In 2013, Braulik won a Pew marine fellowship to map marine mammal habitat along Tanzania’s coastline and create a model for collecting this type of data that can be easily replicated in other countries. She will complete the fellowship this year and hopes next to map the habitats of whales and dolphins in Mozambique.  The work is important to help determine which species live where and whether any of the animals face extinction—essential information that East African governments currently lack.

The work can be tedious. On the six-week Tanzanian voyage, Braulik and her colleagues served as lookouts for up to 12 hours each day. They slept in the boat’s four cabins and subsisted on rice and beans, ugali—a Tanzanian maize porridge—and the fish they caught. For the most part, it was smooth sailing, interrupted by only one tropical storm that poured unseasonable rains onto the boat for five days.

Every so often, the calm would be punctuated by an animal sighting, which electrified the crew. On one occasion, they watched hundreds of spinner dolphins swim and splash and flip out of the water, a pod so large it stretched all the way to the horizon. Sometimes the playful dolphins would swim along the boat’s bow, gliding along the waves like surfers.

“It’s pretty grueling with the heat and the motion of the sea,” Braulik says. “So when somebody spots something, there’s real elation. Every time, it was really exciting. We had really good luck and a lot of fantastic sightings of many species.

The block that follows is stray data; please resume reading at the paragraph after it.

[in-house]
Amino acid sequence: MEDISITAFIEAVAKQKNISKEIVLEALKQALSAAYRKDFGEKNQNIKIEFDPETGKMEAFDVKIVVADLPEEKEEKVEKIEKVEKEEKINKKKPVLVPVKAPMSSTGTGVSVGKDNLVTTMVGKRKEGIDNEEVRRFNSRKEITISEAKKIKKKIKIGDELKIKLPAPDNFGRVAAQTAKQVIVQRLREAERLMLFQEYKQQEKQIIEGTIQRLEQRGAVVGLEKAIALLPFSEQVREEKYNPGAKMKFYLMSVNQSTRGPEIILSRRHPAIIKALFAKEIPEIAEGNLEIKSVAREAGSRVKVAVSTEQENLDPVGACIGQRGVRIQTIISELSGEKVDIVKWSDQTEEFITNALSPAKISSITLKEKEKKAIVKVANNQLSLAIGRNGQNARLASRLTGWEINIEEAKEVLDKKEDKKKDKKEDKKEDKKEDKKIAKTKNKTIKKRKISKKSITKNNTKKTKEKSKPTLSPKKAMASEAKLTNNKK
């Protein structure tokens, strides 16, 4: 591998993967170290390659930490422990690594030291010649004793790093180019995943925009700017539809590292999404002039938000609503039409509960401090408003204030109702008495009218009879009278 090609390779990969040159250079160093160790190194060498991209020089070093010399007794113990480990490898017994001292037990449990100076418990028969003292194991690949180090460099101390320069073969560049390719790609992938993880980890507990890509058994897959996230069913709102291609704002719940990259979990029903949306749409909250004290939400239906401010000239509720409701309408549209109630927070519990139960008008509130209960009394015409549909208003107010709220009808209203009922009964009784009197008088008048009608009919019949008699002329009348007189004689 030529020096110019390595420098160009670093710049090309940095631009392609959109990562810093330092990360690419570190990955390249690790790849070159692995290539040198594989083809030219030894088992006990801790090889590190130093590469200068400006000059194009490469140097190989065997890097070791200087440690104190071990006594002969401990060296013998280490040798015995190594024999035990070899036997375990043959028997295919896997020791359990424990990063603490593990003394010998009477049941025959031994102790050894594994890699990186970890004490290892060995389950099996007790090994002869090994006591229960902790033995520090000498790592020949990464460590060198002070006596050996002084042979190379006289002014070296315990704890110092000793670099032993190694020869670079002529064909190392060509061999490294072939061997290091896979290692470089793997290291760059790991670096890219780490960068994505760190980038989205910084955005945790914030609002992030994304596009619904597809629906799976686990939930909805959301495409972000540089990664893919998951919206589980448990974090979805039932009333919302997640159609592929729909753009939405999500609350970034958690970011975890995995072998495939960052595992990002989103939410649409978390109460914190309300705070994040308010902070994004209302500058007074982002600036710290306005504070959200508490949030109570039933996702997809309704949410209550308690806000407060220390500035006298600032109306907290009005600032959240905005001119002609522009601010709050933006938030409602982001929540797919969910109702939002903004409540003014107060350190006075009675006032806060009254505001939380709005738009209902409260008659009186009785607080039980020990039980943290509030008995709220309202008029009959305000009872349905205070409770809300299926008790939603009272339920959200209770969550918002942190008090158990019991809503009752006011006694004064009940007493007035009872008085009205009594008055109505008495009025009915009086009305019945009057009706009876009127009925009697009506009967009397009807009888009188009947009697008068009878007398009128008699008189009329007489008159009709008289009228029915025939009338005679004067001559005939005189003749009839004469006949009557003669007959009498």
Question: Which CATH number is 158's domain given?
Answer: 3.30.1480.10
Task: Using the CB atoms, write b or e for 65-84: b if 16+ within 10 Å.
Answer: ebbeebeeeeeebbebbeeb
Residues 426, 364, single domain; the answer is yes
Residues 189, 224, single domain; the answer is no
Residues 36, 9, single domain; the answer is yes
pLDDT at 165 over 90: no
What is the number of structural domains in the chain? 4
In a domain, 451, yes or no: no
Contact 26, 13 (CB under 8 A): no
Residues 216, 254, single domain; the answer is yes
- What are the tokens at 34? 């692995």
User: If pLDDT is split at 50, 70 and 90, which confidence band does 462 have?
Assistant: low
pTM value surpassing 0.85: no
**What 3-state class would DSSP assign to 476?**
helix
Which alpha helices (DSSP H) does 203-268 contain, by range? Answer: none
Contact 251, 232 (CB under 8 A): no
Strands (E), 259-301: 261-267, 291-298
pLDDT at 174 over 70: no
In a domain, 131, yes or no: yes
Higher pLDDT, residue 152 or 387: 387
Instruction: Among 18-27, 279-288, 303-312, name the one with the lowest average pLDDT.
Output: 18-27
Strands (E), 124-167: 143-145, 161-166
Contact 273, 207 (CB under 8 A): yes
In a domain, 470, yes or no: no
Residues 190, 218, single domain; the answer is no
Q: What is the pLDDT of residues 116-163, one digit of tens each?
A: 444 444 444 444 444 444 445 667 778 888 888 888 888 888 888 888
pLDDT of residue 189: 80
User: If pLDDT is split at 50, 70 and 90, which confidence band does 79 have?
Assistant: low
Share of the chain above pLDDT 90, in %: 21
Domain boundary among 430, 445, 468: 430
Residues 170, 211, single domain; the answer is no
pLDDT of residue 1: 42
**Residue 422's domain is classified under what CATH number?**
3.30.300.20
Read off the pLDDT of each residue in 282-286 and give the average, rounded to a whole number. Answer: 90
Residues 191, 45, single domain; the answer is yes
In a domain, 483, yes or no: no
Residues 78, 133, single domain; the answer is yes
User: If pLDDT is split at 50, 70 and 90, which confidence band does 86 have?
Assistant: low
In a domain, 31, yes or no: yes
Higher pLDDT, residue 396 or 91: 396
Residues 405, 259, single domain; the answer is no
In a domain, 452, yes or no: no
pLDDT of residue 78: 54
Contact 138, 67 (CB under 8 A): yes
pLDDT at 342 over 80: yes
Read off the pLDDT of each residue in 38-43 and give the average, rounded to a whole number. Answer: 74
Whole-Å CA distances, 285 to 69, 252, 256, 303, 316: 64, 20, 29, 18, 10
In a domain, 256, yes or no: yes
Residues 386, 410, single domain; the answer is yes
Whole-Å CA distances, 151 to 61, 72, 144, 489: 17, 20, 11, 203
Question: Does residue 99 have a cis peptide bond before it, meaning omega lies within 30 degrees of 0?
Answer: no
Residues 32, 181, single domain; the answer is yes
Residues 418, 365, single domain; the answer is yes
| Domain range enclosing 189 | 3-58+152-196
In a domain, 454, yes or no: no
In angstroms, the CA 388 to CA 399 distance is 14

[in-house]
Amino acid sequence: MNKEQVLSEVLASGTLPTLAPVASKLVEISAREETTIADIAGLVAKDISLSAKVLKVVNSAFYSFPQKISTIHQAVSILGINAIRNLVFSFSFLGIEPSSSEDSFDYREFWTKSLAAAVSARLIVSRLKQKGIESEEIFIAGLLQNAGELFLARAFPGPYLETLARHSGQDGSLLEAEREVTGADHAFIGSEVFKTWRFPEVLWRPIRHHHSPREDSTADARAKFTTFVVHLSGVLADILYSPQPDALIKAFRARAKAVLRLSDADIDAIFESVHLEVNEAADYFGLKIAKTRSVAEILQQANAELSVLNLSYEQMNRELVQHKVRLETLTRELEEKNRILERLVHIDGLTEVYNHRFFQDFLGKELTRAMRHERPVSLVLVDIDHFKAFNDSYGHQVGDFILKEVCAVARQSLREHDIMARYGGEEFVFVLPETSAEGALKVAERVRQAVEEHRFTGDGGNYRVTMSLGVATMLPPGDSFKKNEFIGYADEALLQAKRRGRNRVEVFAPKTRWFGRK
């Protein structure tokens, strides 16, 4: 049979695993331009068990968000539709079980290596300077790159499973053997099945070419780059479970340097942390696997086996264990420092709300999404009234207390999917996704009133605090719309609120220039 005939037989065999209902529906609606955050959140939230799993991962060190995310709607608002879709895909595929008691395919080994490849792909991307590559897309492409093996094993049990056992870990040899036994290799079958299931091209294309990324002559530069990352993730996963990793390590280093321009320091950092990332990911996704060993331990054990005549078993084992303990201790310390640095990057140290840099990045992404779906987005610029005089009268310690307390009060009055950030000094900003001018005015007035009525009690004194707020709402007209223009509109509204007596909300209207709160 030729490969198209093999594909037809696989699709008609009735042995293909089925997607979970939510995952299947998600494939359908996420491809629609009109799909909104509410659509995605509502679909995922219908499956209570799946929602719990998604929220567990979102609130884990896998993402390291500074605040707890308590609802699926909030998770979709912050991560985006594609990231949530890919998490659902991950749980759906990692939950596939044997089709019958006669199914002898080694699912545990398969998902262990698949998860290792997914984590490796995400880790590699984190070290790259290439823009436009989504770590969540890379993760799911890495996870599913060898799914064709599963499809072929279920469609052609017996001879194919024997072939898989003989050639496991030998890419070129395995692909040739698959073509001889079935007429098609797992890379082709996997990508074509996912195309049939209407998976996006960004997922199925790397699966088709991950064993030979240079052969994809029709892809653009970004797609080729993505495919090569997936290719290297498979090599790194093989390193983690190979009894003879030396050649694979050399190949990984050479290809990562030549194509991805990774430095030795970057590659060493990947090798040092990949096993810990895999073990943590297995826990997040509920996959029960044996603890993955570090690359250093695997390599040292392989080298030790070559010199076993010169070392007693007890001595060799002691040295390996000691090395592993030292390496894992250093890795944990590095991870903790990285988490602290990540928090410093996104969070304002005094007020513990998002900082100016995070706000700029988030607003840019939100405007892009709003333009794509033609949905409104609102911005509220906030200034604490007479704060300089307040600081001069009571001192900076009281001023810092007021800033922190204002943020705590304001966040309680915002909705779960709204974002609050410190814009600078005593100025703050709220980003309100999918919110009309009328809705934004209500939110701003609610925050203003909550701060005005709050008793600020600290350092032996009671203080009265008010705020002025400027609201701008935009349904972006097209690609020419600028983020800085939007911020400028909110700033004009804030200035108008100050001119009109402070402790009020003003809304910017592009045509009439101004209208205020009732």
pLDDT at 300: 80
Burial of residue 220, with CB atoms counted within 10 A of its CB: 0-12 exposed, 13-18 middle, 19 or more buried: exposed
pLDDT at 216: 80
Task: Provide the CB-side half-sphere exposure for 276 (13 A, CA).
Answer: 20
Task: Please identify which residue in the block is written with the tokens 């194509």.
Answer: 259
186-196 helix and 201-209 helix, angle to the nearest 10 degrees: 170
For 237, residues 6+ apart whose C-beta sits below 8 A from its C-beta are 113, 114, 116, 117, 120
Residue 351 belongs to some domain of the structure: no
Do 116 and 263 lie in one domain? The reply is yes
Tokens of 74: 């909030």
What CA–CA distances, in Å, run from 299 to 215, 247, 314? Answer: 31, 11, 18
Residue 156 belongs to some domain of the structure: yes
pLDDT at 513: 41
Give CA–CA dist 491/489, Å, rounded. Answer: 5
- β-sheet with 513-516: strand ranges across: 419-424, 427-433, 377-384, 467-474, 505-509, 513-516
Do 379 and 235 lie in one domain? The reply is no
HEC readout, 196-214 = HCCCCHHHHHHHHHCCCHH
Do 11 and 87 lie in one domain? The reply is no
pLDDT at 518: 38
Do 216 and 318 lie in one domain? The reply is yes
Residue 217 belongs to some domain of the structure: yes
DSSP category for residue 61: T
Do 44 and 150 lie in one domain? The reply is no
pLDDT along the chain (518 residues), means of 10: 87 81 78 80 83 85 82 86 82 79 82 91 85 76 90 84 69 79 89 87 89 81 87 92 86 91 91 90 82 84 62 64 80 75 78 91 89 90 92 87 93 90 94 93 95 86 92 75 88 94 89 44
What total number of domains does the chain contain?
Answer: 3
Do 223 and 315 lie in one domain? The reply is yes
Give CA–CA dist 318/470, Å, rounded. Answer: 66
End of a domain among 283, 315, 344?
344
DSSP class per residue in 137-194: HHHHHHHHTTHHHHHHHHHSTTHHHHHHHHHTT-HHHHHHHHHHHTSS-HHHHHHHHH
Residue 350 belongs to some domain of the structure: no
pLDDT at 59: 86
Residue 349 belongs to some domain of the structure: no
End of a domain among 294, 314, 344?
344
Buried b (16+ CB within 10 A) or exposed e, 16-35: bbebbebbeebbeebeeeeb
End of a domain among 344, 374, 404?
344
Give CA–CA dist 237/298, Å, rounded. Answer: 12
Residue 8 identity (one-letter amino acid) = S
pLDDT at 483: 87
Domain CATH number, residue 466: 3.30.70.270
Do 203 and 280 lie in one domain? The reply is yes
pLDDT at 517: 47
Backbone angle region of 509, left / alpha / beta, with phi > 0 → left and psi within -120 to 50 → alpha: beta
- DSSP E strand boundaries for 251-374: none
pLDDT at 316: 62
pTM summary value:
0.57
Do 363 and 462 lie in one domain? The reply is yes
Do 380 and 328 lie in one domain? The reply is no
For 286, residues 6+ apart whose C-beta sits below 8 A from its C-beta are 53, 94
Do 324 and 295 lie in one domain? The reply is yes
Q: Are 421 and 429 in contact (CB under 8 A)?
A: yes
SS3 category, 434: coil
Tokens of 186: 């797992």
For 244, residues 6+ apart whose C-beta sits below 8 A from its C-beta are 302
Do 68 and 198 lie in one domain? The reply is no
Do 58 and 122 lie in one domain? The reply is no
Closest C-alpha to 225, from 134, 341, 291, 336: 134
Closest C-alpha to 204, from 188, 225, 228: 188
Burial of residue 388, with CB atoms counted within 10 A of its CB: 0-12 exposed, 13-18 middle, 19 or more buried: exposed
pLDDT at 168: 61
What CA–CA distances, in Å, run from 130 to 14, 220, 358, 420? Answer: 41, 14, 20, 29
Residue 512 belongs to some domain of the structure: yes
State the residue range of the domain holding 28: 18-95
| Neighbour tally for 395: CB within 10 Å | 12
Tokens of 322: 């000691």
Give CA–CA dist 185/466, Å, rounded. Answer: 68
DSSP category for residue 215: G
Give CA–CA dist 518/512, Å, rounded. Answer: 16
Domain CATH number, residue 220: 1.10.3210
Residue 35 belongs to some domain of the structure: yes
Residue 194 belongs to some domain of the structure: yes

“The most amazing days were in the Pemba channel, between the Tanzanian mainland and Pemba Island,” Braulik continues. “We encountered so many different species there, one after another. It’s a special place.”

One rare encounter began when Braulik saw a big swirl of water appear alongside the boat. Just below the surface was a dugong, a mammal related to the manatee that looks like a cross between a walrus and a hippo. The unusual animal is on the Red List of Threatened Species compiled by the International Union for Conservation of Nature and is listed as extinct in many waters. On another occasion, the team spotted a humpback dolphin, which is also on the IUCN Red List.  In all, Braulik and the team catalogued 10 species of dolphins and whales, plus the dugong. But the sightings also gave the team a glimpse of the hazards that marine mammals face in the area: 15 of 36 endangered humpback dolphins that the team saw had scars from fishing nets on their dorsal fins, recognizable by the unusual straight lines found at regular intervals, similar to the lines of a net.

In December, the team finished mapping the places where they saw the animals, information that will help to fill gaps in scientists’ knowledge about where various species live and which ones might be endangered. These baseline data will guide Tanzanian officials as they create marine reserves and designate fishing areas in order to reduce the number of dolphins and whales that die after becoming entangled in fishing nets.

Braulik also hopes that the separate blast data—which will be provided to Tanzanian officials along with the audio recordings of the dynamite fishing—will prompt the government to take stronger measures to prevent fishermen from throwing bombs that kill scores of fish and damage coral.

“I’m quite happy and excited about our findings,” Braulik says. “I think it’s been very successful, and I hope that it will serve as a guideline for where we should be focusing our efforts on conservation.”